The Clan/Sept History
The name O Halloran originally appeared in Gaelic as O hAllmhurain, which is
derived from the word allmhurach, which means pirate.
The recording of names in Ireland in the Middle Ages was an inconsistent
endeavor at best due to competing dialects and languages, and the general
illiteracy of the population. Research into the name O Halloran revealed many
spelling variations, including Halloran, O'Halloran, Haloran and others.
First found in counties of Clare and Galway, where they held a family seat from
very ancient times.
Many Irish Families did not fare so well within the English-ruled Ireland.
Besides racial and religious discrimination, many families were renting out
small tracts of farmland from absentee landowners at often unreasonable rates.
Beginning in the late 18th century, moderately well off Irish families decided
to emigrate to British North America or the United States in order to own their
own plot of land. A radical change occurred in the 1840s, however, with the
Great Potato Famine of the 1840s. Up to this point, the island's population had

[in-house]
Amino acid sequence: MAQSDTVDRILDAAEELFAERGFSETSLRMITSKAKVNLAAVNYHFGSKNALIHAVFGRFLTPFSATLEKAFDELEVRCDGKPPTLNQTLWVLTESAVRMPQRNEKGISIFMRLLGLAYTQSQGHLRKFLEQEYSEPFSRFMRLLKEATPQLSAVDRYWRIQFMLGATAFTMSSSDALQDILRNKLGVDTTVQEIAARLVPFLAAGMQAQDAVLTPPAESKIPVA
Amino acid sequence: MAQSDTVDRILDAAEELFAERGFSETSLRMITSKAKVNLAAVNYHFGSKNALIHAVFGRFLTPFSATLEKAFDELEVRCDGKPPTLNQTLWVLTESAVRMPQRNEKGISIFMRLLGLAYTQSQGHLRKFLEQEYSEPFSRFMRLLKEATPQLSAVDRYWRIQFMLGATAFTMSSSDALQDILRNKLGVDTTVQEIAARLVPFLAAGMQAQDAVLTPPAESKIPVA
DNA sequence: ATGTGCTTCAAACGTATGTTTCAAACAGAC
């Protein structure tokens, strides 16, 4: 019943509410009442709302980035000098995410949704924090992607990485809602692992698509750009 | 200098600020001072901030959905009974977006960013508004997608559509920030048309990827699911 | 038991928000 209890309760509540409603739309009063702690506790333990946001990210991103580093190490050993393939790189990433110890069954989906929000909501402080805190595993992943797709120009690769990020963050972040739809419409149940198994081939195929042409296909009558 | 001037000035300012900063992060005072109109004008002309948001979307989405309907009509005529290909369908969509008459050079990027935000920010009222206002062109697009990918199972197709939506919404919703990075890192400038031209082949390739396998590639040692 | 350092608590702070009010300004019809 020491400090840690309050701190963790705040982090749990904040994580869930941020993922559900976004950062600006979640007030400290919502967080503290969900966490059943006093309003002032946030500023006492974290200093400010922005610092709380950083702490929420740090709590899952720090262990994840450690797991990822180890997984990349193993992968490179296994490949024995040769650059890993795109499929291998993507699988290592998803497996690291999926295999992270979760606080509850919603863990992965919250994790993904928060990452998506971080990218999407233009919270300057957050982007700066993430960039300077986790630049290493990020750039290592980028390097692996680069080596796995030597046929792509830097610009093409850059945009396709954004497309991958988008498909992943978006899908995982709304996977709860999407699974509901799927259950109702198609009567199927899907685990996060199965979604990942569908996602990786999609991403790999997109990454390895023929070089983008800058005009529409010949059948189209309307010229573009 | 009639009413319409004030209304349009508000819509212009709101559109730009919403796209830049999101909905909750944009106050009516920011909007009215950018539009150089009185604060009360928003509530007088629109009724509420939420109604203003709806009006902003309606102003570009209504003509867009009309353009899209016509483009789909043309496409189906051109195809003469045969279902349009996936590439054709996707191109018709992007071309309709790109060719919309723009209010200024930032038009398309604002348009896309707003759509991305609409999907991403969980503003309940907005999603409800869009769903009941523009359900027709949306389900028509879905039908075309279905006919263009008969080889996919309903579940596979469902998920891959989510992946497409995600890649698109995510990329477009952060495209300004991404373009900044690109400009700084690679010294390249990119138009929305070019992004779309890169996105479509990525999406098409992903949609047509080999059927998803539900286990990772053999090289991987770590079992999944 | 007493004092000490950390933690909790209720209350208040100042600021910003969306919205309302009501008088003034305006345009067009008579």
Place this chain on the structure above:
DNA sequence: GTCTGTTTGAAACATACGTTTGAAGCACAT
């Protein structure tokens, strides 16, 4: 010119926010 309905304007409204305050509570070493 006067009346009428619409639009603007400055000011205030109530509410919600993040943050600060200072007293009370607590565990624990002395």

been increasing rapidly and a steady demand over the years for grain crops had
depleted soil. Two failed crops and one poor one caused widespread disease and
starvation. Thousands boarded ships looking for opportunities elsewhere. North
America welcomed them as a source of cheap labor required for the many
industrial and infrastructure projects underway, and as a means to quickly
occupy the western regions. Research into immigration and passenger ship lists
indicates that people bearing the name O Halloran were among the earliest
settlers to arrive in North America: Biddy, Ellen, Lawrence, Martin, Mathew and
Michael Halloran all arrived in Canada in 1847; William O'Halloran arrived in
Quebec in 1825; John, James, and Michael O'Halloran arrived in Philadelphia in
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